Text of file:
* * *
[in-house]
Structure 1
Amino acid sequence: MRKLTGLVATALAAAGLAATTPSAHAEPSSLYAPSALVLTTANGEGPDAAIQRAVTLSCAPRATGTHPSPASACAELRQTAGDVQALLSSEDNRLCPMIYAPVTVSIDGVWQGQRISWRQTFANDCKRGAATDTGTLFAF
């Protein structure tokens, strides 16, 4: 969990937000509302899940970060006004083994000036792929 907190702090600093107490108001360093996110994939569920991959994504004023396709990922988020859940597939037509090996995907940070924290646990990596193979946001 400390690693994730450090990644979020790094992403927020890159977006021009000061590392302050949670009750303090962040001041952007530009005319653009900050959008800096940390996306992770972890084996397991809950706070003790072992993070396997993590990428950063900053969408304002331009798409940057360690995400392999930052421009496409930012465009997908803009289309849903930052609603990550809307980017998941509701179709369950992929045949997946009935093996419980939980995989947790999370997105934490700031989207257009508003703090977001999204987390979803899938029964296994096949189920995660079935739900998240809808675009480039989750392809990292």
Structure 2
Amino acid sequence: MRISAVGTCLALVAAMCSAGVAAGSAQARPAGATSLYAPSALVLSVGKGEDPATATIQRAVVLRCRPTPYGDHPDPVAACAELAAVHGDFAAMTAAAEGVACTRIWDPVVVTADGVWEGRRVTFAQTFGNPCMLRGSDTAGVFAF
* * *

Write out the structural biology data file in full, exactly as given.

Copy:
[in-house]
Structure 1
Amino acid sequence: MRKLTGLVATALAAAGLAATTPSAHAEPSSLYAPSALVLTTANGEGPDAAIQRAVTLSCAPRATGTHPSPASACAELRQTAGDVQALLSSEDNRLCPMIYAPVTVSIDGVWQGQRISWRQTFANDCKRGAATDTGTLFAF
């Protein structure tokens, strides 16, 4: 969990937000509302899940970060006004083994000036792929 907190702090600093107490108001360093996110994939569920991959994504004023396709990922988020859940597939037509090996995907940070924290646990990596193979946001 400390690693994730450090990644979020790094992403927020890159977006021009000061590392302050949670009750303090962040001041952007530009005319653009900050959008800096940390996306992770972890084996397991809950706070003790072992993070396997993590990428950063900053969408304002331009798409940057360690995400392999930052421009496409930012465009997908803009289309849903930052609603990550809307980017998941509701179709369950992929045949997946009935093996419980939980995989947790999370997105934490700031989207257009508003703090977001999204987390979803899938029964296994096949189920995660079935739900998240809808675009480039989750392809990292």
Structure 2
Amino acid sequence: MRISAVGTCLALVAAMCSAGVAAGSAQARPAGATSLYAPSALVLSVGKGEDPATATIQRAVVLRCRPTPYGDHPDPVAACAELAAVHGDFAAMTAAAEGVACTRIWDPVVVTADGVWEGRRVTFAQTFGNPCMLRGSDTAGVFAF